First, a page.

The International Film Festival of the Art of Cinematography CAMERIMAGE is an event where many interesting workshops about the different aspects of the current audiovisual world take place. During 23rd edition one of them will be:

Persuasion and manipulation
mechanisms in television news

From all the information flooding the Internet and news agencies every day, how do you choose what is really important, who decides what is broadcast, how does one know what can be omitted? How is information on television developed, what are its verbal and visual codes, what influences the order in which information is presented? What is the relationship between language and image, which communication channel—auditory or visual—is more important? What is the relationship between visual aesthetics and the ethics of expression? Finally, what role does the context of information play and what is the role of the viewer, and who ultimately ‘writes’ the text of the information on TV?

As an author, reporter, and chief editor at various newsrooms with many years of experience, I can say that images in the media which symbolically represent reality tend to be equated with reality itself, which makes the average recipient perceive news programmes not as artificial, standardized structures, but as an acceptable reality. It leads to a basic misconception: treating the flow of information as knowledge about reality, which is harmful for the latter. That is why I claim that there is no pure information on television; news is always prepared, sometimes created, and often manipulated.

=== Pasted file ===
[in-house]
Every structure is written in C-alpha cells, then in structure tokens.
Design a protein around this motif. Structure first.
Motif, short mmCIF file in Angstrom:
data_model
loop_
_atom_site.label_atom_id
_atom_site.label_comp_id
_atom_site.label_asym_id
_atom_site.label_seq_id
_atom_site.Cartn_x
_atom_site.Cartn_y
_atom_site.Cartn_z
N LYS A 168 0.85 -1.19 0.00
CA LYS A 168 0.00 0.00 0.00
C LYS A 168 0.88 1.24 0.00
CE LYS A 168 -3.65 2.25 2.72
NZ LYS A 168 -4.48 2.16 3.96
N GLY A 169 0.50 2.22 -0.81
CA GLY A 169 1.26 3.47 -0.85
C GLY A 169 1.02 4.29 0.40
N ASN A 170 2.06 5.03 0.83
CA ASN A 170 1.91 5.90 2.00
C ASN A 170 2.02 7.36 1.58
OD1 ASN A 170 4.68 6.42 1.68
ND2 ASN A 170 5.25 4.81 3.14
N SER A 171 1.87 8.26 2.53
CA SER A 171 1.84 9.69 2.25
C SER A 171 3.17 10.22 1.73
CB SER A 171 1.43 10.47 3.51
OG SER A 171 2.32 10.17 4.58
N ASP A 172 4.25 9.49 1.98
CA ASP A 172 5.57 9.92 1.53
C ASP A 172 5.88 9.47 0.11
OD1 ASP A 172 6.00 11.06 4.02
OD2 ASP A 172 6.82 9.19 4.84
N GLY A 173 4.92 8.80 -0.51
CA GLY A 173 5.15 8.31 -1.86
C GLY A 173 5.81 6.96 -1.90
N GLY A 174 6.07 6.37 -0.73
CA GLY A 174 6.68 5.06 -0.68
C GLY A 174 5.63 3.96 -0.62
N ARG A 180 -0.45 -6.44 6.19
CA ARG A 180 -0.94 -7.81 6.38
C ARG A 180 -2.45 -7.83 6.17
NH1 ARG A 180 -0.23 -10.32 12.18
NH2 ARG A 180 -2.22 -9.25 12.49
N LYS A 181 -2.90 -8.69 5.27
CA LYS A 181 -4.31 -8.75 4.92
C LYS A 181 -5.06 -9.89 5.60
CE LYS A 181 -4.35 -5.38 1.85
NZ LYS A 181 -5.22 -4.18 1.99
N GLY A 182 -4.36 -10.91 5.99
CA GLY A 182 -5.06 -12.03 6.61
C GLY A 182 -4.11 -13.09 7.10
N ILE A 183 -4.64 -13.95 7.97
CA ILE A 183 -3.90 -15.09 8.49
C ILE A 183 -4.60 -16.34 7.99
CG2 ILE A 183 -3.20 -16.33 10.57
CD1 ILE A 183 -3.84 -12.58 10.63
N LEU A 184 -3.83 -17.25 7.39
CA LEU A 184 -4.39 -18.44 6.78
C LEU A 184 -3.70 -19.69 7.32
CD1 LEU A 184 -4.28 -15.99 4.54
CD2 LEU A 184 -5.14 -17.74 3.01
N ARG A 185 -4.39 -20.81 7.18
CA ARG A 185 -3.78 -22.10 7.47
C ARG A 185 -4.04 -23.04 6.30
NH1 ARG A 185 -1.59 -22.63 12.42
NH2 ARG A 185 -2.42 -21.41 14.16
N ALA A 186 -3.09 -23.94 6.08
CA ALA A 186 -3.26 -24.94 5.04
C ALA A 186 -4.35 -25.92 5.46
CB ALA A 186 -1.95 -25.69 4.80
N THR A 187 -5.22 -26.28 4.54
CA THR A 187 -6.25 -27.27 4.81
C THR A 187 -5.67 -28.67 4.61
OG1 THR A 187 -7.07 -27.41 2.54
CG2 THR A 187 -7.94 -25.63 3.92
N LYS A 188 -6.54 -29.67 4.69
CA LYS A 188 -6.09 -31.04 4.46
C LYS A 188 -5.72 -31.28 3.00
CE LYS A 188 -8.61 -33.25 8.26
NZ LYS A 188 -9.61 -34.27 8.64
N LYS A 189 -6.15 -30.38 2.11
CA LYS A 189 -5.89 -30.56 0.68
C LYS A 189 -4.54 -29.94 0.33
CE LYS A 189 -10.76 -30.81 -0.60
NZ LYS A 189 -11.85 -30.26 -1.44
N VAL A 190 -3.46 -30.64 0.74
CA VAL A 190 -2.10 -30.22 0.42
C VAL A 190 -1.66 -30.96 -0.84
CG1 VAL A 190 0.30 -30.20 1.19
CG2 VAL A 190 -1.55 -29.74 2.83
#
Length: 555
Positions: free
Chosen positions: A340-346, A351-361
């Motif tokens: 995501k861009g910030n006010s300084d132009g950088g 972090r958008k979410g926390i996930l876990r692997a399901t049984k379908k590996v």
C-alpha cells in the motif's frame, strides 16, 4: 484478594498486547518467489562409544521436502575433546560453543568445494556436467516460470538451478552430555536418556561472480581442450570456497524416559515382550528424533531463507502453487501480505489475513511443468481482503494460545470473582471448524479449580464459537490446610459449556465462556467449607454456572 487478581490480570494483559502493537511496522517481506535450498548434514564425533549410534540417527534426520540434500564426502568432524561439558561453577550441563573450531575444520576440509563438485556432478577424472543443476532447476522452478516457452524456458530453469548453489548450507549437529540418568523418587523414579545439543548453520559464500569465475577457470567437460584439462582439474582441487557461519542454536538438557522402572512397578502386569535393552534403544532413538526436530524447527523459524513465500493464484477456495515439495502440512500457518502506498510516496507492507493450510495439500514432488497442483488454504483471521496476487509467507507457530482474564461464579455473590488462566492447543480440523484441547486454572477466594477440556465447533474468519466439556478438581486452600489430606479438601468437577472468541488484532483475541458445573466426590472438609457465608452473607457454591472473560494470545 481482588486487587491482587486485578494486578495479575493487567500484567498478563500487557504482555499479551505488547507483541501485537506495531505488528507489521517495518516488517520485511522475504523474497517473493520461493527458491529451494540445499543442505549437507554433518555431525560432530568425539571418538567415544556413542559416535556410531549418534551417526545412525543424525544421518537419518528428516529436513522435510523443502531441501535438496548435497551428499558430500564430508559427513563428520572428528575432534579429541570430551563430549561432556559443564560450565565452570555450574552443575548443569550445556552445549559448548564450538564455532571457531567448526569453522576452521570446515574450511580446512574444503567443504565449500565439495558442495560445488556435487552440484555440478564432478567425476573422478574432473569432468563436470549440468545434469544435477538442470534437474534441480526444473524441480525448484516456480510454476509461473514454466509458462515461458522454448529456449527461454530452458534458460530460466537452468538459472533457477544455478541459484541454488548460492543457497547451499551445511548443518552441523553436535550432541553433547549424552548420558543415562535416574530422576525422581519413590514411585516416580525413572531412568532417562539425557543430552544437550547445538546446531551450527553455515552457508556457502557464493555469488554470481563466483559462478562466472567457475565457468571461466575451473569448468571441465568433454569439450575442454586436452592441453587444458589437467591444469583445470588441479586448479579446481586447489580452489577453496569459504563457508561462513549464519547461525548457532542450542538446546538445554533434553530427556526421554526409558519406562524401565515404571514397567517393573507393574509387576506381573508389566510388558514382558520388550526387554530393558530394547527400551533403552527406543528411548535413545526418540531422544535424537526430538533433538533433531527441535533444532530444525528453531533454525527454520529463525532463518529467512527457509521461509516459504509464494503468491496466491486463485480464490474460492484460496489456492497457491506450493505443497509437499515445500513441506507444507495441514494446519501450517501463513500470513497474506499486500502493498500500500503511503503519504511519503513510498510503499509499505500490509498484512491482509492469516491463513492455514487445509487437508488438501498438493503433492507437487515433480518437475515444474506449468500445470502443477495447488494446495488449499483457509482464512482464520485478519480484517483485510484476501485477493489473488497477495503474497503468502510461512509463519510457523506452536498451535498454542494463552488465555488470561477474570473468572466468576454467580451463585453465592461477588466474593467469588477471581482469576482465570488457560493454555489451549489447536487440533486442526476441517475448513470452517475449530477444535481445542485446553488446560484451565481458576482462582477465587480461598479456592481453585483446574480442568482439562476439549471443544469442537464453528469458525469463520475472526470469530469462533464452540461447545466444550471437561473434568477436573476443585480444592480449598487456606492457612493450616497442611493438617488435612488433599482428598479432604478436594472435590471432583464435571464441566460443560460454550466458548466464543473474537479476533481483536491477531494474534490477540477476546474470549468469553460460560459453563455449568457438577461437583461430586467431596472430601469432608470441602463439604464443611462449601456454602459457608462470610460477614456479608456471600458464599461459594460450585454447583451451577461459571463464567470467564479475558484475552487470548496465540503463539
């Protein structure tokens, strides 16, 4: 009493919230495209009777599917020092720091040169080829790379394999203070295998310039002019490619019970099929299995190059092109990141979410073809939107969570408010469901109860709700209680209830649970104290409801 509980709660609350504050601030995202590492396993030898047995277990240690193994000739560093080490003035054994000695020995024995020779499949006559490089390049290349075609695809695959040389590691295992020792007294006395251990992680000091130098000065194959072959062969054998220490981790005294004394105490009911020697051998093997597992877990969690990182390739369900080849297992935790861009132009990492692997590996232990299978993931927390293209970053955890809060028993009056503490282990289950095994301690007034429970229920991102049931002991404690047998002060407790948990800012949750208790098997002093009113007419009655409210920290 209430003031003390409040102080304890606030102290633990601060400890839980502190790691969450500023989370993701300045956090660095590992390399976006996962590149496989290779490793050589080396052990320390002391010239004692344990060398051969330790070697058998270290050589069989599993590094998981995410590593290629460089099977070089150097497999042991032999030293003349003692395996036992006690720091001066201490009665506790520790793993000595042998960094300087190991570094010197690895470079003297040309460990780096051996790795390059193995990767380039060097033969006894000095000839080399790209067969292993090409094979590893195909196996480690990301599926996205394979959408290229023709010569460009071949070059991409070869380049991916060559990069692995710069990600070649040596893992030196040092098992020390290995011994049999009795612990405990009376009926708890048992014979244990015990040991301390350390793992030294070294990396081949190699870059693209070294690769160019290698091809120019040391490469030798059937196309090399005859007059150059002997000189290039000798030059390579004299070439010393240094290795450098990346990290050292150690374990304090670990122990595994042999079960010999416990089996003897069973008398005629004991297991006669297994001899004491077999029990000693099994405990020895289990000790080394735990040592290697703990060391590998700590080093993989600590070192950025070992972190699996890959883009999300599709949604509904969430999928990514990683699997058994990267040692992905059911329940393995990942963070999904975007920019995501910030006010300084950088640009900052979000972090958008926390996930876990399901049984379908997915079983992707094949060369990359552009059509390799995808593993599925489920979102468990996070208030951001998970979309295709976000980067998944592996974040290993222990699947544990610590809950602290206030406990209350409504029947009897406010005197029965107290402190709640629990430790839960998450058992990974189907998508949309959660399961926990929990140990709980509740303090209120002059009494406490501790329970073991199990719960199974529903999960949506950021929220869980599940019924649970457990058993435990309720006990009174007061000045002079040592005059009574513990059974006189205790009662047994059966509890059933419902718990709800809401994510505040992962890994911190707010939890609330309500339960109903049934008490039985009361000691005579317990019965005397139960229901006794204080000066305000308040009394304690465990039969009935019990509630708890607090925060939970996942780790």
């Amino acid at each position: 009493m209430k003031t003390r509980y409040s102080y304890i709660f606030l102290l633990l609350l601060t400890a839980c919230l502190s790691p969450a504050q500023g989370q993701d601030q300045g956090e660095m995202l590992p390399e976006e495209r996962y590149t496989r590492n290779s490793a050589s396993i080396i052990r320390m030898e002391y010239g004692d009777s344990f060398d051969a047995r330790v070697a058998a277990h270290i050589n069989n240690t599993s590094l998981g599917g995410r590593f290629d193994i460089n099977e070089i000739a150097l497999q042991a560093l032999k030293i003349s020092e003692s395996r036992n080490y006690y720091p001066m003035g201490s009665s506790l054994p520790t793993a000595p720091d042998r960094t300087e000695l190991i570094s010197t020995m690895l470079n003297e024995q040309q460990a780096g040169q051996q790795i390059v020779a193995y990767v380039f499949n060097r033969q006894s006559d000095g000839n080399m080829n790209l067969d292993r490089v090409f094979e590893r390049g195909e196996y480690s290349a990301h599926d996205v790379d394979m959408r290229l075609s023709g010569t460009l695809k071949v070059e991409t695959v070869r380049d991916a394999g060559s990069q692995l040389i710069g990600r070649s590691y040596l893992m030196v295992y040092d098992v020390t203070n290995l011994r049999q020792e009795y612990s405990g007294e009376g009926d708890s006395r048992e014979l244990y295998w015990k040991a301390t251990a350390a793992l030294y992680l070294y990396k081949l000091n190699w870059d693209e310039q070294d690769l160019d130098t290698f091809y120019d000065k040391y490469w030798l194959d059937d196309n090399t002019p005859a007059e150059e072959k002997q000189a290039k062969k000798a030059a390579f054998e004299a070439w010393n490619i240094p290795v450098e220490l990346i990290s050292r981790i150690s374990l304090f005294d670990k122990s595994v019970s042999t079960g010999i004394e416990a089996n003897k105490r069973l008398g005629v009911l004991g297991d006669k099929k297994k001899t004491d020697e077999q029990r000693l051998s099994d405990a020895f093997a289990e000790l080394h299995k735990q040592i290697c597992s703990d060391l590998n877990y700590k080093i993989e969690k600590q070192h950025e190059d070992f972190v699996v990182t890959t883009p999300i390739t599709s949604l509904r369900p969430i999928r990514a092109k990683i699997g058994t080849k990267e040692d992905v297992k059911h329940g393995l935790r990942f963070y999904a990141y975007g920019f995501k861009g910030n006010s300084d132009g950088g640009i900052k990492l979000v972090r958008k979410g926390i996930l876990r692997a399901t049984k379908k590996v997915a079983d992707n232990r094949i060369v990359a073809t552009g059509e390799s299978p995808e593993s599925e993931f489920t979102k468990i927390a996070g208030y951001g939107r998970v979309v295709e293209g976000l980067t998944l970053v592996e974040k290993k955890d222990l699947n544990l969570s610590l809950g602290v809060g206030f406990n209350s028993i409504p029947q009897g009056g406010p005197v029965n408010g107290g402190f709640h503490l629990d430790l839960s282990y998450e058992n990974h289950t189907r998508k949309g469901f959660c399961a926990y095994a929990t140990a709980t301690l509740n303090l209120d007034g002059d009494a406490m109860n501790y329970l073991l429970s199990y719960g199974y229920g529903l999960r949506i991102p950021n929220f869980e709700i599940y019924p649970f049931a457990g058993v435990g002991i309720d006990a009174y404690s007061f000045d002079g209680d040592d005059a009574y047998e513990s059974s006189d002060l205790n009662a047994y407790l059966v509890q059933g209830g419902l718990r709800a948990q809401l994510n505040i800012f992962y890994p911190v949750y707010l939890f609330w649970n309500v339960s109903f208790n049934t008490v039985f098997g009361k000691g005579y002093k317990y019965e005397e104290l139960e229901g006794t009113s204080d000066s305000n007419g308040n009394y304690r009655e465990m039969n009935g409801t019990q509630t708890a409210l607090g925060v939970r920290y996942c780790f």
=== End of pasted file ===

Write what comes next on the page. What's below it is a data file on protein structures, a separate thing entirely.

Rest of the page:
The most important argument is the image, sufficiently dramatized, edited, powerful—one that evokes the reaction: “It’s clearly visible!” It functions as evidence, which, as Chaïm Perelman points out, does not require argumentation, because it actually is argumentation. In the contemporary media the image has in some ways taken over the position of truth.

In practice, there are three operations used on television which shape information in a definite way: reduction, transformation, and deformation. The first two operations have always been present—each topic needs to be reduced so that it is digestible; it cannot be too complex, or the average recipient will not be able to understand it (it is impossible to go back to a part of news on TV like to a paragraph in a newspaper). Every story has to be told using film language, and therefore needs to be transformed to the standards of the given medium, which in this case is television. The last operation—deformation—has never been employed on a scale as large as it is nowadays, since no appropriate technical resources were available in the past. The whole TV setting makes us perceive information with a clear discrepancy—on one hand we are provided with a perfect illusion of consistency with reality created by the technical “objectiveness” (“It’s clearly visible!”), while on the other hand information is a result of its author’s intentionality or creativity, of which we are not always aware.

As Stanisław Barańczak claims in his evaluation of the rhetorical repertoire of popular culture—the contemporary information on television involves all mechanisms accounting for the persuasiveness of text: appealing to emotions, sharing one world and one language, simplification of the system of values, and perception without alternatives. And the role of the dominant persuasive element is played by the image.

Jacek Skorus


Jacek Skorus, graduate of the Faculty of Social Sciences and the Faculty of Radio and Television of the University of Silesia, TVP journalist for 35 years, PhD in linguistics. Specializes in persuasive communication, his main academic interests include the impact of visual rhetoric on television news. Author of reportages and documents, and editor-in-chief of the news program Panorama on TVP2 for six years.